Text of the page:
While the number-one piece of village real estate remains the manor house, it has an increasingly close rival in the league of historic rural homes. Built for clergymen and their households, rectories represent the dream destination for families moving to the country and looking for community rather than isolation.
A rectory often stands close to the church, in the edge-of-the-village spot that is now the most desirable location. It is peaceful, but it’s not in the middle of nowhere. A pleasingly symmetrical Georgian rectory with outbuildings and a substantial garden is the most sought-after prize, offering light, space and a link with the era of wit and elegance celebrated in screen adaptations of Jane Austen’s novels and the Netflix series Bridgerton. Once a family captures such a trophy, they will stay for decades.
Phillippa Dalby-Welsh, a director in Savills country house department, says the rectory’s rarity makes it an object of desire. Its heritage, looks and proportions only increase its powerful allure: “A rectory is beautiful and special, born of a bygone era. It is often the most architecturally significant house in the area because it was intended for an important individual, but it is rarely ostentatious. If there is any degree of grandeur, it tends to be of the manageable variety.
“The rectory tends to sit in that comfortable spot between the cottage and the manor house. It’s not a rambling pile. Its size suits anybody moving from a townhouse or a semi-detached property.”
The creation and continued existence of so many of these houses is the legacy of two obscure pieces of 18th-century legislation. The Clergy Residences Repair Act, passed in 1776, allowed men of the cloth to fund the maintenance or rebuilding of their often dilapidated homes by mortgaging the income from their employment or “benefices”.
Rectors who wanted to carry out a makeover or build a new house could secure a loan from the Queen Anne’s Bounty fund, set up in 1703 to help “the poor clergy”. Though rectors were often the younger sons of aristocrats, they did not necessarily have much money. The scheme continued to pay out until the mid-19th century, enabling the construction of handsome Victorian rectories that are the answer to the prayers of buyers enamoured of neo-gothic or red-brick solidity.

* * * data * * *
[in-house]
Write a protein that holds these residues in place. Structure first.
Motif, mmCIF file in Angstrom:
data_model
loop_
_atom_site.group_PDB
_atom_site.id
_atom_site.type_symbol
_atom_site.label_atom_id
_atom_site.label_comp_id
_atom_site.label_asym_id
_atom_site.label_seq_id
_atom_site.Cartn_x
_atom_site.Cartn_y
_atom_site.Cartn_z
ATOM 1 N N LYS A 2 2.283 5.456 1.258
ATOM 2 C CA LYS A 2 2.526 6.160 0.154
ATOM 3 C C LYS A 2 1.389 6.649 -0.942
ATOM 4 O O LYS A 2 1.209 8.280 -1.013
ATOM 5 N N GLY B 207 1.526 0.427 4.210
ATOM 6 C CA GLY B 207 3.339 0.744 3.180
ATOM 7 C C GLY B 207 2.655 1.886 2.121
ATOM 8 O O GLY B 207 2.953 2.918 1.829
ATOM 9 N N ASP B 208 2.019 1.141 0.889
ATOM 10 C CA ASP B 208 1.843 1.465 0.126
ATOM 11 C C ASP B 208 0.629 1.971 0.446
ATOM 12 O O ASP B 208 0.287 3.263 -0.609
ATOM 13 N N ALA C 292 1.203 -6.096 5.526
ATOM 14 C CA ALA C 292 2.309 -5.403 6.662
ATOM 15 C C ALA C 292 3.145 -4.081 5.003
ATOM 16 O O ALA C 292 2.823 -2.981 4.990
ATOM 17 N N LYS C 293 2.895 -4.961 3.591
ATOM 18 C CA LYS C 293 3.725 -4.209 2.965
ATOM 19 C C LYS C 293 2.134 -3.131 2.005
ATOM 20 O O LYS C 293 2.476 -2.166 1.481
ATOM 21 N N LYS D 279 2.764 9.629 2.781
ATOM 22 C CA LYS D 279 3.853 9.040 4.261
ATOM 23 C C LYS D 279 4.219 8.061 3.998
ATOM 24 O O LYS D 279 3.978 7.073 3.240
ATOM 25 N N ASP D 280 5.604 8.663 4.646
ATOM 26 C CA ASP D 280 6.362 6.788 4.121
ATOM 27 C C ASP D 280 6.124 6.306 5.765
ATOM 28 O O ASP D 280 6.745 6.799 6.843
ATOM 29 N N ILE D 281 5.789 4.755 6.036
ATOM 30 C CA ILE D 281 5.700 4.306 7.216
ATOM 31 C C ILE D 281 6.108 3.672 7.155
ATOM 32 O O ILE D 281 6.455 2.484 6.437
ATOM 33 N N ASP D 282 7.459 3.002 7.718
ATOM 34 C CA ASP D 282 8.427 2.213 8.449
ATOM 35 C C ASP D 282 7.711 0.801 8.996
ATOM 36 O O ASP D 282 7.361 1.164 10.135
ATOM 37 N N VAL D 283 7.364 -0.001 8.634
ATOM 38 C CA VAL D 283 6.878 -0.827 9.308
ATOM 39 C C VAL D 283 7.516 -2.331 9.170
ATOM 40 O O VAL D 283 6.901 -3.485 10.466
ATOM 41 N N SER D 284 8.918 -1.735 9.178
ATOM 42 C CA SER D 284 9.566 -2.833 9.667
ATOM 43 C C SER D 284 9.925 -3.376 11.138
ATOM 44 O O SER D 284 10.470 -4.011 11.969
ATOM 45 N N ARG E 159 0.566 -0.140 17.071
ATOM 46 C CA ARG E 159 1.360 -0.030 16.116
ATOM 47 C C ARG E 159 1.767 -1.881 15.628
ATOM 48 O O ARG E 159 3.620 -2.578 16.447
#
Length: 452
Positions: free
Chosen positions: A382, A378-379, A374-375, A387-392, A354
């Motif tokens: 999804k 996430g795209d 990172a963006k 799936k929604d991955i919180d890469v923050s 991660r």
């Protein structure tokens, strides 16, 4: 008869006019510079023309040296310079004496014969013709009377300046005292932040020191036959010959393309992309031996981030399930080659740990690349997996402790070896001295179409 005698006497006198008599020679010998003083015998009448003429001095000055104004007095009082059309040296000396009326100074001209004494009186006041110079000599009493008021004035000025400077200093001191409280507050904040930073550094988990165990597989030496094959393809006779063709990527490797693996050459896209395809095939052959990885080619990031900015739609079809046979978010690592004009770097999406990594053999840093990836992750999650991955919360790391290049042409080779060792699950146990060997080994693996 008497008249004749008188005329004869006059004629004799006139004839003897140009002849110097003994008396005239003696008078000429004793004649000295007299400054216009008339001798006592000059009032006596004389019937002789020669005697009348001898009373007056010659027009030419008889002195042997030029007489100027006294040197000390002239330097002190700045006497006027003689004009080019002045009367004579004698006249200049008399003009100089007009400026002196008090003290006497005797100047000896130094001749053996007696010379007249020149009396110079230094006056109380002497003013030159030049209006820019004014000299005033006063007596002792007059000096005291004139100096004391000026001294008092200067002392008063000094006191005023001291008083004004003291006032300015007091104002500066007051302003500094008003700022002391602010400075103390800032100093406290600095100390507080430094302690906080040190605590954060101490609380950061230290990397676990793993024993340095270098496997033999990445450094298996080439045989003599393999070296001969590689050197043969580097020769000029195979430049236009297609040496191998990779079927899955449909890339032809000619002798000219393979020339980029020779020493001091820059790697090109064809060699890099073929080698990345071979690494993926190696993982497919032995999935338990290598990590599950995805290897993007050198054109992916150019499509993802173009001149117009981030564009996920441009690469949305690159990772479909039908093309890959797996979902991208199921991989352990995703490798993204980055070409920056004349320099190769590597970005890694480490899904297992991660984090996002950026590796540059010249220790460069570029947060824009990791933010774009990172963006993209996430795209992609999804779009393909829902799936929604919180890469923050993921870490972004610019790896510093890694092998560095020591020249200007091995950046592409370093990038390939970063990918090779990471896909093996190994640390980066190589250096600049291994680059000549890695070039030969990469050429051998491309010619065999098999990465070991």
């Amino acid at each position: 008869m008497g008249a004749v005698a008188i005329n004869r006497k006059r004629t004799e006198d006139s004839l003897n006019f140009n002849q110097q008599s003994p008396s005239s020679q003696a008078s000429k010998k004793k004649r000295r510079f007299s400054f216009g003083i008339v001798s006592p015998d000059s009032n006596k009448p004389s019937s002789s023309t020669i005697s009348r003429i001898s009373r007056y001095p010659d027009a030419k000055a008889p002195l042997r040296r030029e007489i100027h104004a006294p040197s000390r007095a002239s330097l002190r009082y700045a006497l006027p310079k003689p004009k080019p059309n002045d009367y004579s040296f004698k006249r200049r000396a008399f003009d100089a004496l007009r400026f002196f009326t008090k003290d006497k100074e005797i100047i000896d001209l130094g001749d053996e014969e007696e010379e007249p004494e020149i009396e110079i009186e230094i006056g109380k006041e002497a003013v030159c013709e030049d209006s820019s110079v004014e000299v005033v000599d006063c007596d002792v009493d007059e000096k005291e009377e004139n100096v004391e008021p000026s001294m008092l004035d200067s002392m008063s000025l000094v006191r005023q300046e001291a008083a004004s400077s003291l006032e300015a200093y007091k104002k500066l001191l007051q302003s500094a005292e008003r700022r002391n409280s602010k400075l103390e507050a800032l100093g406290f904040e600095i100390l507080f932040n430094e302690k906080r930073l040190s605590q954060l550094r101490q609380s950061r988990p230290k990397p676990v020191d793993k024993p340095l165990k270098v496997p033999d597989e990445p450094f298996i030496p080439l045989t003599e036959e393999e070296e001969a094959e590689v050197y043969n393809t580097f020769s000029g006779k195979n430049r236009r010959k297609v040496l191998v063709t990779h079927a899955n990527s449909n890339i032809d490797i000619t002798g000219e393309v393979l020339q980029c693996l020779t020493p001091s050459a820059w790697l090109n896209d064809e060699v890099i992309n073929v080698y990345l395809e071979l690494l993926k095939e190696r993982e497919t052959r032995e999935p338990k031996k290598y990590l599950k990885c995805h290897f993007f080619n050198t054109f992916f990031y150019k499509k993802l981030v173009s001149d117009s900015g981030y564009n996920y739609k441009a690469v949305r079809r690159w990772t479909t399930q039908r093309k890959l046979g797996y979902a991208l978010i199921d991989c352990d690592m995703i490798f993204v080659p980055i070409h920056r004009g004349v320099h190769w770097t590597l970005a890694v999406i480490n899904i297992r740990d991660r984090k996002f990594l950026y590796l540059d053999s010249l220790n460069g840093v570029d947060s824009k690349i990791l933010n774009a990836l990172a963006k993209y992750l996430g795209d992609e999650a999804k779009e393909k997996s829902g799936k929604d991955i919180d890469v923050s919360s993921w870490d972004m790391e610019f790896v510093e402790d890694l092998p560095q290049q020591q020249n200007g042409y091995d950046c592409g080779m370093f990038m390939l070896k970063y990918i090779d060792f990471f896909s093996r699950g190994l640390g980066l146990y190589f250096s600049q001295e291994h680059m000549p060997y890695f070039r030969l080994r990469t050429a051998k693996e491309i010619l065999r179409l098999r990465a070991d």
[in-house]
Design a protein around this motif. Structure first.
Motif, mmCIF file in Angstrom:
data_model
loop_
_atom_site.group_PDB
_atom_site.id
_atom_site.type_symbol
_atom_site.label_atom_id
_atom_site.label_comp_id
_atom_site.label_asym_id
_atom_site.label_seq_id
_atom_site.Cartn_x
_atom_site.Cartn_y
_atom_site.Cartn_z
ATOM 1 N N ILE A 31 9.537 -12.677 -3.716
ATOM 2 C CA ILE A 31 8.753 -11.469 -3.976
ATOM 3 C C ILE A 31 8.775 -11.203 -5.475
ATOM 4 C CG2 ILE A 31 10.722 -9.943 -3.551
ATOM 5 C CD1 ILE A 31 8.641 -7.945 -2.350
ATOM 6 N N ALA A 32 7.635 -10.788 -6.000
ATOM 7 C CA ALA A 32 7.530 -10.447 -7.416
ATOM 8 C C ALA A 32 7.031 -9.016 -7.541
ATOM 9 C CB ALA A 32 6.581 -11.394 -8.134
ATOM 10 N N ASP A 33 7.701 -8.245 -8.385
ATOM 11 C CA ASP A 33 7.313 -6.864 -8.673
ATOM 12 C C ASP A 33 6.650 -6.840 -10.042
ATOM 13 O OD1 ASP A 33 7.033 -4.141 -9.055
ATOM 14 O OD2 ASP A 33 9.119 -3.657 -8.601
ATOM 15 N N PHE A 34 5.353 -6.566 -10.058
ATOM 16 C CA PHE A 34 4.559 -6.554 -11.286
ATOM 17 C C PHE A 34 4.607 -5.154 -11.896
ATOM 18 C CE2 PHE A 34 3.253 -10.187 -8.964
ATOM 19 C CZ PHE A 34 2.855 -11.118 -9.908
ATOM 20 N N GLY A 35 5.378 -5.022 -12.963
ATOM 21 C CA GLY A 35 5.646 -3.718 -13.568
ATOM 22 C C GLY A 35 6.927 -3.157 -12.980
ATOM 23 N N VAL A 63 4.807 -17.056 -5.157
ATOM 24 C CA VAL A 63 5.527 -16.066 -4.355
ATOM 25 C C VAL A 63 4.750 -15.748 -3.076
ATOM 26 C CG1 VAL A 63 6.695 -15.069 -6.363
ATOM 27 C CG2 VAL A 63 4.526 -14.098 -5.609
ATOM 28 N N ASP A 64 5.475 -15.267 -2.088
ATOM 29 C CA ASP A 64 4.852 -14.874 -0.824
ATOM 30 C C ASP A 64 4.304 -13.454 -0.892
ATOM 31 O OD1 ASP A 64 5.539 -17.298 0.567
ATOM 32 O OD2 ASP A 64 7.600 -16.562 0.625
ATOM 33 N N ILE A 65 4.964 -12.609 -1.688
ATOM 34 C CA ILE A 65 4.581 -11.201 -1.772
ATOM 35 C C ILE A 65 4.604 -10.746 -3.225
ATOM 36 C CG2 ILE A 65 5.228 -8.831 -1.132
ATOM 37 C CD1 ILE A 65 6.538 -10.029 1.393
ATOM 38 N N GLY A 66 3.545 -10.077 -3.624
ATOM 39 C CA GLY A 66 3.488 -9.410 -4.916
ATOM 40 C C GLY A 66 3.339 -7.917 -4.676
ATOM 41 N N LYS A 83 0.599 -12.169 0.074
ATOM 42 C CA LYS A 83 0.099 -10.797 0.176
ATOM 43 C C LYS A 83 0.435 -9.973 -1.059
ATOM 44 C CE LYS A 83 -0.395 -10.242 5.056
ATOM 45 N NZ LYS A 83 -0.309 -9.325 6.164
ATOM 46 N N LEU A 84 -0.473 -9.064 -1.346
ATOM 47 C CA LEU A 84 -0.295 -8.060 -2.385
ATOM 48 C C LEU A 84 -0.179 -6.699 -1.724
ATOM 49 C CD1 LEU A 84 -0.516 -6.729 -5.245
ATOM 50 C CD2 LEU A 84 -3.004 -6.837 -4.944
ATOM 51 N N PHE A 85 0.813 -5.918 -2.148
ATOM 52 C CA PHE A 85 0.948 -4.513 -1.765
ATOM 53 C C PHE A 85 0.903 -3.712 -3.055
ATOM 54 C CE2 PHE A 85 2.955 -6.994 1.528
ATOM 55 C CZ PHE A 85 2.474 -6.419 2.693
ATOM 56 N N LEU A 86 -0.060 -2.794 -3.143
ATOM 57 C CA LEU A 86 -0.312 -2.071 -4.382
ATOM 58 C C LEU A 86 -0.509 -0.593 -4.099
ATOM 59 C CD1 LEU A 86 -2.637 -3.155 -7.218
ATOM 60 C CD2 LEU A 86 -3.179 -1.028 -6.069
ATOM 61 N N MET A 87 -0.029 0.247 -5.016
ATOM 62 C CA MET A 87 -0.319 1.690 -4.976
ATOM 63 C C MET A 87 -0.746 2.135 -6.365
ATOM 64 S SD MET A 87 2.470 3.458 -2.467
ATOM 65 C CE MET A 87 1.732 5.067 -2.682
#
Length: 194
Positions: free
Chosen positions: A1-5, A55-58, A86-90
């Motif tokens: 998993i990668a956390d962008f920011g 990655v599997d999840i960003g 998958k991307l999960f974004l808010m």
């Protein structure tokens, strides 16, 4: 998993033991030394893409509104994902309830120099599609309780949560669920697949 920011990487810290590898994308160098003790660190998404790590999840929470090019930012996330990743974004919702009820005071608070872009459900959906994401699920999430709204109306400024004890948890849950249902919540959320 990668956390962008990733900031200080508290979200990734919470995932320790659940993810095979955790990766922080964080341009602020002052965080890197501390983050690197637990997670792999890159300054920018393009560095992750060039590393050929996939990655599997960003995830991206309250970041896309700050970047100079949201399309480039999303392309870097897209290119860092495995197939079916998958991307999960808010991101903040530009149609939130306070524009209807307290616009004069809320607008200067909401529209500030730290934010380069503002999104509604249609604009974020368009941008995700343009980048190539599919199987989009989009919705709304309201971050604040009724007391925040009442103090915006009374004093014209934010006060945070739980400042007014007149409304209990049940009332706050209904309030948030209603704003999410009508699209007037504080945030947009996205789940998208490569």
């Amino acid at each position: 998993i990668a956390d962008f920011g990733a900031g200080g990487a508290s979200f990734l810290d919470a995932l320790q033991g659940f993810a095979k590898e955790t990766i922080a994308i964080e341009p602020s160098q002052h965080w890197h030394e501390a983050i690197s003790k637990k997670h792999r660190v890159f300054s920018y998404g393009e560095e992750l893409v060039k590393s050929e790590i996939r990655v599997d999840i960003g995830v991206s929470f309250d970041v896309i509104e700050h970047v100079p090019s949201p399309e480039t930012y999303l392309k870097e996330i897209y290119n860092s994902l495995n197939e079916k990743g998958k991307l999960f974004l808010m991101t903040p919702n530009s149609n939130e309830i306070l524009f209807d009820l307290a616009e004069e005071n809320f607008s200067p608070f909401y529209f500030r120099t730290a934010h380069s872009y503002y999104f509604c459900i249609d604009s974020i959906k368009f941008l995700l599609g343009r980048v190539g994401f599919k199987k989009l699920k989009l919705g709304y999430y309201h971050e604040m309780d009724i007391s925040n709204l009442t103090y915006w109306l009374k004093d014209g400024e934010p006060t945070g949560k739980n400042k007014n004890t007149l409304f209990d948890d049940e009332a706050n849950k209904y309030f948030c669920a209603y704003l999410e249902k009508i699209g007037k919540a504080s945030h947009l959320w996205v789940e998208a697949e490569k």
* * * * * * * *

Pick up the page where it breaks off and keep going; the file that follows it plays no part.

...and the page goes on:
The terms “rectory”, “vicarage” and “parsonage” have become almost synonymous, but the first occupants of these properties did not have the same financial status. A rector was entitled to all the tithes – or contributions – made by members of the parish, whereas a vicar was only allowed to keep some of this cash. “Parson” covers both callings.
How these houses became available to people not employed by the Church of England is explained in the book At Home by Bill Bryson – who owns a Victorian rectory in Norfolk.
Bryson charts the rectory construction boom, which occurred particularly in cities during the first decades of the 19th century. He also details the literary, scientific and other sidelines of the men who lived in them, including the Reverend John “Jack” Russell, who bred the terrier that bears his name at his rectory in Devon. But as the century came to a close, rural and urban parsons could no longer afford the upkeep of their properties, as they were unable to rely on the support of landowners. In the 20th century the Church Commissioners sold off thousands of these homes.
Without such a sell-off, who knows what would have been the destiny of many rectories? Instead they have been renovated, buffed up and painted in Farrow & Ball, a delight for those lucky enough to own them – and snapped up eagerly as soon as they hit the market.
Pictures from top: the Old Rectory at Tunworth (Alamy); Horton Court in the Cotswolds lays claim to the title of the oldest rectory in England (Alamy); the panelled dining room in a Surrey rectory (Alamy); a traditional rectory kitchen (Alamy); the Old Rectory, Tunworth (Alamy)